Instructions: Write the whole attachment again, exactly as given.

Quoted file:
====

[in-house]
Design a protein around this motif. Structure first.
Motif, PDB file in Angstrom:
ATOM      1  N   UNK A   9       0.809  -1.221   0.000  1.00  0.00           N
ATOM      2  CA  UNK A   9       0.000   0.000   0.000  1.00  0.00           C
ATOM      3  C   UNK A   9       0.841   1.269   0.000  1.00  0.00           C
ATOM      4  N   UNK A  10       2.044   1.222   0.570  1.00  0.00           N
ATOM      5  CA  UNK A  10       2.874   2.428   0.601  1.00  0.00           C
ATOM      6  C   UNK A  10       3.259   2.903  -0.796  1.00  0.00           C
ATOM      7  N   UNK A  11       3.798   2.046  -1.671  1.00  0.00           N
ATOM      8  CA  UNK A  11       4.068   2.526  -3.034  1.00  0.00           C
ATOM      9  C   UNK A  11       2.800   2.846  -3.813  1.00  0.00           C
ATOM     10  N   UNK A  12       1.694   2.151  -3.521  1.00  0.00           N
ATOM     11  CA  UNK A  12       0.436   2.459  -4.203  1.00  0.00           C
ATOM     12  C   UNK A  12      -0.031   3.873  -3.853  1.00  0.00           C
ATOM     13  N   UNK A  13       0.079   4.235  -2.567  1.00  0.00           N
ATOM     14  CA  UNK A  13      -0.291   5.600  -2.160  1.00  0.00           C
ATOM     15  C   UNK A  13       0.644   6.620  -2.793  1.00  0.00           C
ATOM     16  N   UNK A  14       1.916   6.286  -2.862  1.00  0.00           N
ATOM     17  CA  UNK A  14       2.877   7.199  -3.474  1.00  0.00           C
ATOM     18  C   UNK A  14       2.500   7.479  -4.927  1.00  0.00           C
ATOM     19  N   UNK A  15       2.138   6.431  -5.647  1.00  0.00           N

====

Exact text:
[in-house]
Design a protein around this motif. Structure first.
Motif, PDB file in Angstrom:
ATOM      1  N   UNK A   9       0.809  -1.221   0.000  1.00  0.00           N
ATOM      2  CA  UNK A   9       0.000   0.000   0.000  1.00  0.00           C
ATOM      3  C   UNK A   9       0.841   1.269   0.000  1.00  0.00           C
ATOM      4  N   UNK A  10       2.044   1.222   0.570  1.00  0.00           N
ATOM      5  CA  UNK A  10       2.874   2.428   0.601  1.00  0.00           C
ATOM      6  C   UNK A  10       3.259   2.903  -0.796  1.00  0.00           C
ATOM      7  N   UNK A  11       3.798   2.046  -1.671  1.00  0.00           N
ATOM      8  CA  UNK A  11       4.068   2.526  -3.034  1.00  0.00           C
ATOM      9  C   UNK A  11       2.800   2.846  -3.813  1.00  0.00           C
ATOM     10  N   UNK A  12       1.694   2.151  -3.521  1.00  0.00           N
ATOM     11  CA  UNK A  12       0.436   2.459  -4.203  1.00  0.00           C
ATOM     12  C   UNK A  12      -0.031   3.873  -3.853  1.00  0.00           C
ATOM     13  N   UNK A  13       0.079   4.235  -2.567  1.00  0.00           N
ATOM     14  CA  UNK A  13      -0.291   5.600  -2.160  1.00  0.00           C
ATOM     15  C   UNK A  13       0.644   6.620  -2.793  1.00  0.00           C
ATOM     16  N   UNK A  14       1.916   6.286  -2.862  1.00  0.00           N
ATOM     17  CA  UNK A  14       2.877   7.199  -3.474  1.00  0.00           C
ATOM     18  C   UNK A  14       2.500   7.479  -4.927  1.00  0.00           C
ATOM     19  N   UNK A  15       2.138   6.431  -5.647  1.00  0.00           N